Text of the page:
Today’s topic is about note reading and specifically how to read our piano notes faster than we are right now. This is important in our playing because it allows us to sight read easier, learn a new piece faster, and figure out chords and even rhythms easier.
Learning our notes is one of the first things that we learn when we start playing the piano. We learn how to read the notes in our music and then where they are on the keyboard.
We always start out slowly when we learn anything new on the piano…at least we’re supposed to. That’s the best way to securely learn what we’re working on. Later, we can play faster as we get more comfortable with where our notes are on the piano.
If you need a review of general note reading for beginners, take a little time to go through these two videos so you’ll have everything refreshed in your mind and fingers before moving to this next step.
An important aspect of music theory comes into service here as we learn what an interval is and how we can read notes faster by looking at the intervals instead of each individual note.
When we read individual notes in our piano music we tend to look at each one individually because they aren’t grouped together.
Learning our intervals gives us a short cut in our note reading. When we move into more advanced playing, most of our music is going to have a lot of chords in it; either in one hand or sometimes both hands at the same time.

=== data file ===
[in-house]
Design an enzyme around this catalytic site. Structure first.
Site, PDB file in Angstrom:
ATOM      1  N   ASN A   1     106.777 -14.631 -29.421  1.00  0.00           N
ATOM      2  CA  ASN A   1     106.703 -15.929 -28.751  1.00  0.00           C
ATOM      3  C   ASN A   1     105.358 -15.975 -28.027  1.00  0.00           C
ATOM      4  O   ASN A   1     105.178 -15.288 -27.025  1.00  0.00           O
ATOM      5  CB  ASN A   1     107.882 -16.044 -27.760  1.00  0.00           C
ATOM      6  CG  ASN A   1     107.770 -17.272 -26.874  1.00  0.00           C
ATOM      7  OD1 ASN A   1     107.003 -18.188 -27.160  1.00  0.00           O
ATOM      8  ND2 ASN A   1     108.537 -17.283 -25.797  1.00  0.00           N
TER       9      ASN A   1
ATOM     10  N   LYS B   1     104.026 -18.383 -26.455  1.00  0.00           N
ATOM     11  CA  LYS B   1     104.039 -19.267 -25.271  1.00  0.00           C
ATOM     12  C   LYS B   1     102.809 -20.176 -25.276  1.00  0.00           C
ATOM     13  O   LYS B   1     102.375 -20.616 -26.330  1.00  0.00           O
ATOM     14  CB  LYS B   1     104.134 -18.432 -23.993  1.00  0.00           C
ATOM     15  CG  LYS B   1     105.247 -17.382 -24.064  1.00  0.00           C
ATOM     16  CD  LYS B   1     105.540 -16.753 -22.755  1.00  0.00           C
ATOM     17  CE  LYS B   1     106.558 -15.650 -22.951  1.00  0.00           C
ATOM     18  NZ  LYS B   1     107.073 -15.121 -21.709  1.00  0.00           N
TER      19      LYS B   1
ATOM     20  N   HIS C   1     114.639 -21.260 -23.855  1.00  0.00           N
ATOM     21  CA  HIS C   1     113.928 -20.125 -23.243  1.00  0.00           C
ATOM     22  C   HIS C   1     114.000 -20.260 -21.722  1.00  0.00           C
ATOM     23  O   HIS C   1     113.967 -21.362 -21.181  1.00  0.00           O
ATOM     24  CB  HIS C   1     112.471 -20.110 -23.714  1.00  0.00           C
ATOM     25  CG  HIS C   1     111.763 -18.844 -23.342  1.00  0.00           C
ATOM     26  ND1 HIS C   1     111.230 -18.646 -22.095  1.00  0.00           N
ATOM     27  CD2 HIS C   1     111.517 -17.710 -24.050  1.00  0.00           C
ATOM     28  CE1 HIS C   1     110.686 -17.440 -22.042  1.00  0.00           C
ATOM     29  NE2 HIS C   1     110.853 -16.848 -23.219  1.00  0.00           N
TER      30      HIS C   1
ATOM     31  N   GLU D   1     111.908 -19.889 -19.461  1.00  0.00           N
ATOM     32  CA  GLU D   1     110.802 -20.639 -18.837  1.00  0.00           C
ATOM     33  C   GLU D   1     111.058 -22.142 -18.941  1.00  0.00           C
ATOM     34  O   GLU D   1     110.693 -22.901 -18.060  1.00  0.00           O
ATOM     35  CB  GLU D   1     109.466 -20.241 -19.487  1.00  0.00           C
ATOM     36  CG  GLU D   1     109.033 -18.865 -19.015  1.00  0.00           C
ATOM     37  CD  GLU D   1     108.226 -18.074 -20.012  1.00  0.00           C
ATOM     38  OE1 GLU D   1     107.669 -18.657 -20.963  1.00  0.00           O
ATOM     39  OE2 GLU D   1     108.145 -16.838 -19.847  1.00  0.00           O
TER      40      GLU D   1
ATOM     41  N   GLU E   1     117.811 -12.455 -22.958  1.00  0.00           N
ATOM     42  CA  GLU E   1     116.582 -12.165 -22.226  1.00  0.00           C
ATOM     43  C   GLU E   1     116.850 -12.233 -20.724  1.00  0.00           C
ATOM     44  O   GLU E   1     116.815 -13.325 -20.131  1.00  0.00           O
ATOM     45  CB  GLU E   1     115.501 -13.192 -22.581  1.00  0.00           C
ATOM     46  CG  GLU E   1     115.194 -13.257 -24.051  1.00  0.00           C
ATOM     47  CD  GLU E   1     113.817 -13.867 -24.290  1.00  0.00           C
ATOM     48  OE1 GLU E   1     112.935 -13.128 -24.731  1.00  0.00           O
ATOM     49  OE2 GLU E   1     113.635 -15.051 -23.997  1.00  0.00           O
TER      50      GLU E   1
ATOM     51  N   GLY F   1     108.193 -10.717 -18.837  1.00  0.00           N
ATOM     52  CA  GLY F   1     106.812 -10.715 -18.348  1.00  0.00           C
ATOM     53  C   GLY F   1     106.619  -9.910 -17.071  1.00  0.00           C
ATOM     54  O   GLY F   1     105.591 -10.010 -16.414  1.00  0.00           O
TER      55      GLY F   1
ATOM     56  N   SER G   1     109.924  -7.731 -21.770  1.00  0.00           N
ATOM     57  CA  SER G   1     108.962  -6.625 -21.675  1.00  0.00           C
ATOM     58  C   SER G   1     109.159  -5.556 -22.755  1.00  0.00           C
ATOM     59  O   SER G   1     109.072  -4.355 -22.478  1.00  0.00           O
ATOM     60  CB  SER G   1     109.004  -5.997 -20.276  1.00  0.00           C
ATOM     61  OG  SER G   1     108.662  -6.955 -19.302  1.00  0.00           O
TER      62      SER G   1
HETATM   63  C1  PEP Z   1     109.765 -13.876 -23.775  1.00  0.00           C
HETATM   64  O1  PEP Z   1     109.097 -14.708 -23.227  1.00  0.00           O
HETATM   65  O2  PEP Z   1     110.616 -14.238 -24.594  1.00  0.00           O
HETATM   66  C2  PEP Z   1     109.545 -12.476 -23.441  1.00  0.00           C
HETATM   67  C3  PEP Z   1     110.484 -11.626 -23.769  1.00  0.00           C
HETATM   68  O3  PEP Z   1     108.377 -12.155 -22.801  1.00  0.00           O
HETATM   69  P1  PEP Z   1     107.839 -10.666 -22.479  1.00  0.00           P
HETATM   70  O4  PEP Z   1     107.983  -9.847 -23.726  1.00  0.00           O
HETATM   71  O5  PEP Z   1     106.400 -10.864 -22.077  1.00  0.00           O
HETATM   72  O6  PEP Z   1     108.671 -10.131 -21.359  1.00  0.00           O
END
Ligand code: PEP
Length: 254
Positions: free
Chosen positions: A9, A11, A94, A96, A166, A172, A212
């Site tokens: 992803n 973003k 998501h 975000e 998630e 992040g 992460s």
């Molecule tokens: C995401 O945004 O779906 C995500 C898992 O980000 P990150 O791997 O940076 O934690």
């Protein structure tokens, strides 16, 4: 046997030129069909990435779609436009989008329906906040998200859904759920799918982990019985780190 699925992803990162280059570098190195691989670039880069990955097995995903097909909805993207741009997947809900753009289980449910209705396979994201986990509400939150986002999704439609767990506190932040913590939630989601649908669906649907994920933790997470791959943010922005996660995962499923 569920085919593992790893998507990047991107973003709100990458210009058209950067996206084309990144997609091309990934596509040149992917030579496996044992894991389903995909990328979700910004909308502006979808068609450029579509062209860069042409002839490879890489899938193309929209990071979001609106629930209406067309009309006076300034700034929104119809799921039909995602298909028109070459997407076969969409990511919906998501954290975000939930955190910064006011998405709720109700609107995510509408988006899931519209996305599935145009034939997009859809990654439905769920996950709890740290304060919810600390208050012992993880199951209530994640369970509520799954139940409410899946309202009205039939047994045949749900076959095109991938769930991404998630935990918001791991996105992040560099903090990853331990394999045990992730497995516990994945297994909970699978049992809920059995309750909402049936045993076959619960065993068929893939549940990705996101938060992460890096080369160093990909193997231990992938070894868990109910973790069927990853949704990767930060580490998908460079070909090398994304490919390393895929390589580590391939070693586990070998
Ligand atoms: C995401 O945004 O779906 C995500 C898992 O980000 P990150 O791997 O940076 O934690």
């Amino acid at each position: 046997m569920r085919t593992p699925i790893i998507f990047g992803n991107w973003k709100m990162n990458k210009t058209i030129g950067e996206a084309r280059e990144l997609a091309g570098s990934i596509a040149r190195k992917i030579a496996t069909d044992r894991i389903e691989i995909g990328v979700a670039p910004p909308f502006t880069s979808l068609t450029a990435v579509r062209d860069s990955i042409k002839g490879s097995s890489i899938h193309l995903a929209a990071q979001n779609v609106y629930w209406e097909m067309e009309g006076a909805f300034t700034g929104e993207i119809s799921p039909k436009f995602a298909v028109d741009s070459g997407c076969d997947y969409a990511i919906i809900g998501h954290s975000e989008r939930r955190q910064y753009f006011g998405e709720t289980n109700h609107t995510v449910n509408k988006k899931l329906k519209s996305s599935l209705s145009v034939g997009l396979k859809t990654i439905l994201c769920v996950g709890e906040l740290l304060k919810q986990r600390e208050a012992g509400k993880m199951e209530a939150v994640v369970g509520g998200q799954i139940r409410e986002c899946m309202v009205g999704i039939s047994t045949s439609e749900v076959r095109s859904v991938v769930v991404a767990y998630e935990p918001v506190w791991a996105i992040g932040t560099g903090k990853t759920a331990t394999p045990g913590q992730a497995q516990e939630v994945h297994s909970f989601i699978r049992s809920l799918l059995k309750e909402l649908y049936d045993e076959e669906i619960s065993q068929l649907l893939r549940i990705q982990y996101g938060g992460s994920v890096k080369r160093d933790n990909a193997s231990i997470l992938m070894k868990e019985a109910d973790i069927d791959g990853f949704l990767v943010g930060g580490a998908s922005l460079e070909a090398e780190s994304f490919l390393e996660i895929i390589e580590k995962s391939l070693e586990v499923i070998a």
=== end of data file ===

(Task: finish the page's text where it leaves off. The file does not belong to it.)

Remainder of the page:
It’s the same with note reading. The basic foundation is learning each individual note and where it is on the keyboard; in two different clefs! We then learn to put those notes together to make a scale, and then learn how to play them non-consecutively – as in arpeggios.
Next comes chords which are just notes stacked on top of each other instead of spread out individually throughout each measure. We can have just one chord in each measure or we can have multiple chords in each measure; and they can be in one or both clefs.
Go slowly through this video and take time to learn your intervals. The surest way to do anything fast on the piano is to learn it …slowly.
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